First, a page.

3. Please state your views on affirmative action and race-conscious admissions.


I am a strong supporter of affirmative action by race, as well as by other social and economic factors. Inequalities in our society are multi-dimensional and compounding, meaning that certain groups are disproportionately disadvantaged throughout the application process and in the level of preparation they have received to go through that process. Our approach to limit factors of inequality must reflect the complexities of the reality that we live in. Discrimination and biases on the personal and institutional level affect people of different races, ethnicities, genders, religions, classes, and cultures, among many other identifiers. Harvard should work to actively reverse the iniquities in our society through affirmative action and a race-conscious admission process.


Additionally, the creation of a vibrant student community that can tackle global challenges and create growth across different aspects of our society requires a holistic admission criterion. Harvard produces engineers, doctors, artists, activists, historians, et cetera. The metrics for accepting leaders in these diverse fields cannot be judged by numbers alone and the campus climate that facilitates intellectual and personal growth for these individuals requires an admissions regime that has a variety of objectives.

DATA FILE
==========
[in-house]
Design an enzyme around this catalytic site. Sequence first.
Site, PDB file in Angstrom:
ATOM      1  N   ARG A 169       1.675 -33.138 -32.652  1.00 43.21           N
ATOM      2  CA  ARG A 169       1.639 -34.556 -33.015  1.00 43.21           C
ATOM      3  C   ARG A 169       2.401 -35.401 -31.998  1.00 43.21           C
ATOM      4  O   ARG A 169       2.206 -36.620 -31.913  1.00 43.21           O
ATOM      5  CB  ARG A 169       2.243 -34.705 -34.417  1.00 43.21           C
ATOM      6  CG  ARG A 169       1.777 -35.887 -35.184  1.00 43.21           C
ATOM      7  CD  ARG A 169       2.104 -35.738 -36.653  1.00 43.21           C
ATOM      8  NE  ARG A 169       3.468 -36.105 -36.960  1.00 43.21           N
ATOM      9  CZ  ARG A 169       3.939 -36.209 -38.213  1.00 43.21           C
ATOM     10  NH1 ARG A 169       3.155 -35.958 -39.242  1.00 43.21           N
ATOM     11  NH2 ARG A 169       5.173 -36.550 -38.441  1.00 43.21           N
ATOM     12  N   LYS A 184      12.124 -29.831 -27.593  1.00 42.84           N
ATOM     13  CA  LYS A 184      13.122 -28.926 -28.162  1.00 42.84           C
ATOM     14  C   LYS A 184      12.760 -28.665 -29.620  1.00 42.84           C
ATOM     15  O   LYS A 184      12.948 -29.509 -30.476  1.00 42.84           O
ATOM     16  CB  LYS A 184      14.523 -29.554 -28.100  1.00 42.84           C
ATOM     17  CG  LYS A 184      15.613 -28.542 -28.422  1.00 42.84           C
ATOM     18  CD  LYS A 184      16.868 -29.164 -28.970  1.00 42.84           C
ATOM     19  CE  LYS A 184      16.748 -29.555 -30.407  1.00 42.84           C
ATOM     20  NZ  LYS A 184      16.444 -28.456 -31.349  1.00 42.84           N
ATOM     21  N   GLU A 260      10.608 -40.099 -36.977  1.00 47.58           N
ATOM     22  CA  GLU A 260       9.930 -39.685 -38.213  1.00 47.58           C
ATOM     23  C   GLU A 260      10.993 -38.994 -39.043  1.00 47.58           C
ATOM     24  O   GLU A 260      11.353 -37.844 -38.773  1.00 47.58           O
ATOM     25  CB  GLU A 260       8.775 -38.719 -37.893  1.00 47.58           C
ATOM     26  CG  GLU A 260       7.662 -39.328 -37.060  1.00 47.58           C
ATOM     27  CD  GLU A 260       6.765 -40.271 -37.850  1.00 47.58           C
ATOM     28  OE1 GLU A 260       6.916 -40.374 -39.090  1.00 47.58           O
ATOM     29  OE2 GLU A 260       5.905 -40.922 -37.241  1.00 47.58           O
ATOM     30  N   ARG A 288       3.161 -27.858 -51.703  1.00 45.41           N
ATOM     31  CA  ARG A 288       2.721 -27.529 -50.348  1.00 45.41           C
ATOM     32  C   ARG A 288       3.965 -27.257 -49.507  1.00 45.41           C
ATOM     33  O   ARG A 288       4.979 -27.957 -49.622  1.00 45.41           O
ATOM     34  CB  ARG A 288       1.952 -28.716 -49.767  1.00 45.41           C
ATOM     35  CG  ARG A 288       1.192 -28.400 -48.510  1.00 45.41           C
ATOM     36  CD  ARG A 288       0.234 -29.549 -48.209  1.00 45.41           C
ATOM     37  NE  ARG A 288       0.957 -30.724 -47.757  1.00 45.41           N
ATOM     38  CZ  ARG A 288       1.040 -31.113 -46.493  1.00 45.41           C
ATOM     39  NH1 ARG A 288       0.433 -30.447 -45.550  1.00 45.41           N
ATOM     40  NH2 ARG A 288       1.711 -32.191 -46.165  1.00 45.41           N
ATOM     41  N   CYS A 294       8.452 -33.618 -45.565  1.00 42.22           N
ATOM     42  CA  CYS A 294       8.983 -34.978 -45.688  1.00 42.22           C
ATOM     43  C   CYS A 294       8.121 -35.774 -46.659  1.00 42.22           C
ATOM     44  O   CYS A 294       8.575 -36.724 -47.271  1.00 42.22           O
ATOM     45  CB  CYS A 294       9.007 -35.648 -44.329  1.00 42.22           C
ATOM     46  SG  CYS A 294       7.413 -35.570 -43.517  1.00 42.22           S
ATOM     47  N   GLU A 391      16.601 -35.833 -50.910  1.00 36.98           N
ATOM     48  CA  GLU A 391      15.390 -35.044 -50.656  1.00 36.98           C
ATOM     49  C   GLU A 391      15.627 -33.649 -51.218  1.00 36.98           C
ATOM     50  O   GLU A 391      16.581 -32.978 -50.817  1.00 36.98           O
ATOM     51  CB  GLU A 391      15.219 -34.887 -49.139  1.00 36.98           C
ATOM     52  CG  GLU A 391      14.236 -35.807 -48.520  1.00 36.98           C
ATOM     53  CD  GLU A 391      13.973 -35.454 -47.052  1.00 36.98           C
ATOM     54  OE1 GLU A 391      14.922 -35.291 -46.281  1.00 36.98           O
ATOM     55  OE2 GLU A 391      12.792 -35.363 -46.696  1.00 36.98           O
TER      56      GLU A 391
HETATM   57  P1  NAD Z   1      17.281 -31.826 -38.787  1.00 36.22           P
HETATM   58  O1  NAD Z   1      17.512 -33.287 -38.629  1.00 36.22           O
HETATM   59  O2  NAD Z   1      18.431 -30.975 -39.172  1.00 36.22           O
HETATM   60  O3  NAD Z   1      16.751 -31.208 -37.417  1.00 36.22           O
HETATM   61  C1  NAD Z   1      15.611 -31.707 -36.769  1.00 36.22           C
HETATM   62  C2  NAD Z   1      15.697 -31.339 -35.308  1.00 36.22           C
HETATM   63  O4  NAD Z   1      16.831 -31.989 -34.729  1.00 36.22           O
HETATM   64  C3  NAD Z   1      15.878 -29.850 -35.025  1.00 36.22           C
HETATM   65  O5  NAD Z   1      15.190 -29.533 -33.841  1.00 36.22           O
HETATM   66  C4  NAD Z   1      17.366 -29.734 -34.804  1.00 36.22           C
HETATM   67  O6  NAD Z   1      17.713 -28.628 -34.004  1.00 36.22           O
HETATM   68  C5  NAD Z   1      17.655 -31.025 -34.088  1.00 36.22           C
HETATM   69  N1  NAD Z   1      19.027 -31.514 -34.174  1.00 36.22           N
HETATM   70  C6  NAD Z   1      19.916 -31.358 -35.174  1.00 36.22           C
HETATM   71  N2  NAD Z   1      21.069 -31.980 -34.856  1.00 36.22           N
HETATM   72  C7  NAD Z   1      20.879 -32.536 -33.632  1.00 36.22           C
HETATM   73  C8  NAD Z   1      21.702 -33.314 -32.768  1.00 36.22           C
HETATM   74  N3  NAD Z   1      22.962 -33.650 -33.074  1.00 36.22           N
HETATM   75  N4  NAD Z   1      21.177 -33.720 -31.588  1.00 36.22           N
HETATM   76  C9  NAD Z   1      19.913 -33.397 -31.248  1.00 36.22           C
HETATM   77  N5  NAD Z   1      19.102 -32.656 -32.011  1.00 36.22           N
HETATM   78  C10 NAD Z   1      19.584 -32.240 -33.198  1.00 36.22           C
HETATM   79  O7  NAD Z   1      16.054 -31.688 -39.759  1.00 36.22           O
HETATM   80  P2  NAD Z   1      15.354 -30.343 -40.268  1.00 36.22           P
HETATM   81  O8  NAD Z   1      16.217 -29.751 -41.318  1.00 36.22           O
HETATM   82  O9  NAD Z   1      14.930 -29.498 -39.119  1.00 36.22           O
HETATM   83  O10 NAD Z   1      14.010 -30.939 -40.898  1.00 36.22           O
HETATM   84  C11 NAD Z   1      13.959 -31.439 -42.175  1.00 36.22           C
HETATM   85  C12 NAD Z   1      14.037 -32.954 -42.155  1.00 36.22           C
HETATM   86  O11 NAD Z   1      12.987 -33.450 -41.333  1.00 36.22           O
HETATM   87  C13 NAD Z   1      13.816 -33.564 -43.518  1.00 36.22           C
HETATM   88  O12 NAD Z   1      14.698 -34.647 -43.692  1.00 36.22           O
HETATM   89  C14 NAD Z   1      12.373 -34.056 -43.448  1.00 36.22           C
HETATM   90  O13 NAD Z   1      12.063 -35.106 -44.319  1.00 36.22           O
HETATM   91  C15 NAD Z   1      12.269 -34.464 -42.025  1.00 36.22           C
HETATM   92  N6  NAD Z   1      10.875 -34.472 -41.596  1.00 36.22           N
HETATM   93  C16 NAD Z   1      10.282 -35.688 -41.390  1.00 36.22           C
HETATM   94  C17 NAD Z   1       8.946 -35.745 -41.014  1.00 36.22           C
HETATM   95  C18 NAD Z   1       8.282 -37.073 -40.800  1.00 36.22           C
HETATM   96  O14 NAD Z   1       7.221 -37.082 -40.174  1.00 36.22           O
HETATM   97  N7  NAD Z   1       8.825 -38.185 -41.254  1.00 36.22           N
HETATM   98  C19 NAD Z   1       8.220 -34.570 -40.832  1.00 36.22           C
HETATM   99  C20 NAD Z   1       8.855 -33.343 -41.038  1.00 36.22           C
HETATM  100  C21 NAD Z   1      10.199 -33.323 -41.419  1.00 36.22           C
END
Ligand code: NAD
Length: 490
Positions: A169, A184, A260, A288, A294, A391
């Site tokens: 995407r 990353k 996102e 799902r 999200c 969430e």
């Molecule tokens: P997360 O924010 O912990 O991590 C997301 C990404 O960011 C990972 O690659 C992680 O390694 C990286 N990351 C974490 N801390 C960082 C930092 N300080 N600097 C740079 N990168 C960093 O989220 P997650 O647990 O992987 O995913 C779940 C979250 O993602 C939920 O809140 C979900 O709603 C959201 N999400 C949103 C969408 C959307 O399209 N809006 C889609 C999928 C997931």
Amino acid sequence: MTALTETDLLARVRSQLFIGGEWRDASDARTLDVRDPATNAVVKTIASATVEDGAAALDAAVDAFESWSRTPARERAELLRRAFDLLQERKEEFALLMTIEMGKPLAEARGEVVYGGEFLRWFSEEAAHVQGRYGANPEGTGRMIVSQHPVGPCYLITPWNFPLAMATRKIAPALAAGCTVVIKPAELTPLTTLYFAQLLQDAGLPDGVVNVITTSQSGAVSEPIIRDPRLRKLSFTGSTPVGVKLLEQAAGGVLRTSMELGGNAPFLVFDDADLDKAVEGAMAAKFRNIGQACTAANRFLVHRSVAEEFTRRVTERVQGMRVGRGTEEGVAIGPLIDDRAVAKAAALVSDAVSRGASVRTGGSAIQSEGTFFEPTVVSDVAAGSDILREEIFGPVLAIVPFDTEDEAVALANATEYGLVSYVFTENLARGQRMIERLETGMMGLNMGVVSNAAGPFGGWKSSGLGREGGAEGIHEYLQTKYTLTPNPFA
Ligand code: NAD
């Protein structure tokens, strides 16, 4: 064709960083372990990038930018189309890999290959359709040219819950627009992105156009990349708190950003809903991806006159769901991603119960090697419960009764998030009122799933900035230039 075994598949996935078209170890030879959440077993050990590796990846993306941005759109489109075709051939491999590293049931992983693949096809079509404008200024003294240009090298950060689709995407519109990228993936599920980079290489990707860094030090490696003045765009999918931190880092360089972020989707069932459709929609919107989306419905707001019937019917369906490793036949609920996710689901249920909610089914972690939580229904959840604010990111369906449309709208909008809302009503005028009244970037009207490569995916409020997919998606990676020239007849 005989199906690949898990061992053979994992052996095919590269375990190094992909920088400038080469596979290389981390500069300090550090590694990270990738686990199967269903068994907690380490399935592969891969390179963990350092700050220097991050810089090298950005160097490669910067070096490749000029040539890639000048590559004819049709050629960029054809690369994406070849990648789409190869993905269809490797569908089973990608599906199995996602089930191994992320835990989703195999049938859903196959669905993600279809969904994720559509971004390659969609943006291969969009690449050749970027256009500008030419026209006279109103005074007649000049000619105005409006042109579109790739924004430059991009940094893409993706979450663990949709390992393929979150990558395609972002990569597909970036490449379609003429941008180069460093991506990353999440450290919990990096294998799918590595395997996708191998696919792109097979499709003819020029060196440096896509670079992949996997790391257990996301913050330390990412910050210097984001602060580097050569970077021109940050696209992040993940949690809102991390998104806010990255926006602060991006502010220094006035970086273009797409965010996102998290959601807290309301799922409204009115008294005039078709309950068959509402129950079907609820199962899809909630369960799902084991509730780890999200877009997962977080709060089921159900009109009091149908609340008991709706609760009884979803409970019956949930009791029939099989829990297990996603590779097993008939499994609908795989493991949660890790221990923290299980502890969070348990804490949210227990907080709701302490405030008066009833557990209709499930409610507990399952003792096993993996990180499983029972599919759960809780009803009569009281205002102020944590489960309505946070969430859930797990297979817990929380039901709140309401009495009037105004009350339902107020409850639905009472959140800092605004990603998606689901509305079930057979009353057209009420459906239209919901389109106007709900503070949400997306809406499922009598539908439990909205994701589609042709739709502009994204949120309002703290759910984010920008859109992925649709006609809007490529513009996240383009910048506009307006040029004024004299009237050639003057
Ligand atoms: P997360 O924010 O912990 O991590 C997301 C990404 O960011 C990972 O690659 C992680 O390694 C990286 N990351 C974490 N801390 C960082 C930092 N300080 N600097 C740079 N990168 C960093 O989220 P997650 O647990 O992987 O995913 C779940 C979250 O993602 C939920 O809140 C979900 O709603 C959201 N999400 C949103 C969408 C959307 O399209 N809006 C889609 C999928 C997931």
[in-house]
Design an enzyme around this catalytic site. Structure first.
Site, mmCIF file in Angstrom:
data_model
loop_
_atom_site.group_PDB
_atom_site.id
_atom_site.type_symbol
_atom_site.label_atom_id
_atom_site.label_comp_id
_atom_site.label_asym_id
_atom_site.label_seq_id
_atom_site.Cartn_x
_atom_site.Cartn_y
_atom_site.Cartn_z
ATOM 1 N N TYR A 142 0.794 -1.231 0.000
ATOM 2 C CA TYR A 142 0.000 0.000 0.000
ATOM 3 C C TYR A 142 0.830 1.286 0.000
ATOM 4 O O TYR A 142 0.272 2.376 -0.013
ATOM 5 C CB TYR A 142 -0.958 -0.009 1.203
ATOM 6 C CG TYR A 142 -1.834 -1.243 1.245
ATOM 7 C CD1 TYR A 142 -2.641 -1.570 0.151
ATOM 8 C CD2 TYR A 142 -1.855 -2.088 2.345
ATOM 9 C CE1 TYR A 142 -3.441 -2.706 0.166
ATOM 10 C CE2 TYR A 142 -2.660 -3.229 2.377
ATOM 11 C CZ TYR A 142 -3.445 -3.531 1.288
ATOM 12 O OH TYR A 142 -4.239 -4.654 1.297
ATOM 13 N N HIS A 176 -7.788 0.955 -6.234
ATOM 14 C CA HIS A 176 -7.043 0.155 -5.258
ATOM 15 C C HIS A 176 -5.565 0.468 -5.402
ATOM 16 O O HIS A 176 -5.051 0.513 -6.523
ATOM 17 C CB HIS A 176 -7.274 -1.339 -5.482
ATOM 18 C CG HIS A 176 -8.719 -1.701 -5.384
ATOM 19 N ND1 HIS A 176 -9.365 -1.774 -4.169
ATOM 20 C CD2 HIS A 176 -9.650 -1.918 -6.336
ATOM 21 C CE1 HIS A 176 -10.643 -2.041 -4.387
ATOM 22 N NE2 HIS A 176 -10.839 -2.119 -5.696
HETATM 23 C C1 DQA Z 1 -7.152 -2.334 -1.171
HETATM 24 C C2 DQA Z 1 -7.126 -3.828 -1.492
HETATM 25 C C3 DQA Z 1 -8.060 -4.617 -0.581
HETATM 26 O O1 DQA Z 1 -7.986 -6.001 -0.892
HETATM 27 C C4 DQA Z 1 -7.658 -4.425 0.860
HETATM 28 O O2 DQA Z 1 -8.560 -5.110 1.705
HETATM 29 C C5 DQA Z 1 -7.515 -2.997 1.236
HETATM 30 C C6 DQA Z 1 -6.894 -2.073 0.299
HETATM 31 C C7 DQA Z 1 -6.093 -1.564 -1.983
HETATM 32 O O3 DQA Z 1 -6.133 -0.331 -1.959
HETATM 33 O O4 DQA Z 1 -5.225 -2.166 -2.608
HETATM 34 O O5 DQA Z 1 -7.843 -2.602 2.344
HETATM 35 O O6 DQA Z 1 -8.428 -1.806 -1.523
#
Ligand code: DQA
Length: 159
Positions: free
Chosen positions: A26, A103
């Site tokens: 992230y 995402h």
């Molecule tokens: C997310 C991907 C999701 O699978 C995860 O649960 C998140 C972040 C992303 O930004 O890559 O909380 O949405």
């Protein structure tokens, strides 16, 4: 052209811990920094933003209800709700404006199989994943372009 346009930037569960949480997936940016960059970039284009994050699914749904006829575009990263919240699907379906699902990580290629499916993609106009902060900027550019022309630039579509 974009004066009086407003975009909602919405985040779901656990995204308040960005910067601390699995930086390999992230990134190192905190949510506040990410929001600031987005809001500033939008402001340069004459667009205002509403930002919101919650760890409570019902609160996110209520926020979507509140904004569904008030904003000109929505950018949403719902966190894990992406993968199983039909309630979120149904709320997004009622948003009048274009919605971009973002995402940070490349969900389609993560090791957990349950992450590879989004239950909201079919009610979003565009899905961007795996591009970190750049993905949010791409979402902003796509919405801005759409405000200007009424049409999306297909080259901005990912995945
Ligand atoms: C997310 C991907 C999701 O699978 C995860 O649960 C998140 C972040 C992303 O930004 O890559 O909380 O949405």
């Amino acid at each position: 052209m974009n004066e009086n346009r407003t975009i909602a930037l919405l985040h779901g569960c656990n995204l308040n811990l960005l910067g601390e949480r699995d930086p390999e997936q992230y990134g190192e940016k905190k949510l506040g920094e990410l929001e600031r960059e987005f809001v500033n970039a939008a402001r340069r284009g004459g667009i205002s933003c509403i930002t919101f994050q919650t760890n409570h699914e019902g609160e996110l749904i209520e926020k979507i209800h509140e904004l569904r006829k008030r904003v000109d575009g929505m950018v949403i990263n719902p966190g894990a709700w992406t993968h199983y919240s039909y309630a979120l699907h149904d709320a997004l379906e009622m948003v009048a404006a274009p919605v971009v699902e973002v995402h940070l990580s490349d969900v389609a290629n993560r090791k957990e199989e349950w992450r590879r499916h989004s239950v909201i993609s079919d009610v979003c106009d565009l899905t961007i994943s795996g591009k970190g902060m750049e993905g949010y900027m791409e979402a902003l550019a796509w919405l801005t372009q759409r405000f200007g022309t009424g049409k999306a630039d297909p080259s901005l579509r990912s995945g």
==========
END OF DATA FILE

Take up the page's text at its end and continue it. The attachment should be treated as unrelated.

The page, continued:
4. What do you think Harvard's role should be in creating a more equitable, inclusive and just society?


I mentioned above that Harvard’s support for diversity should sit within a broader goal of generating positive impacts on the world. This should be true in Harvard’s search for truth, in expanding and increasing human knowledge, and also in Harvard’s role as a pedagogical institution and a leader on the world stage. The values that Harvard teaches and espouses through its actions should be those that promote a just world and that improve the human condition.


Diversity is an important component of this equation, but only one among many other factors that must be considered. In addition to making sure that Harvard inducts students from under-privileged backgrounds, Harvard should be elevating society with its actions.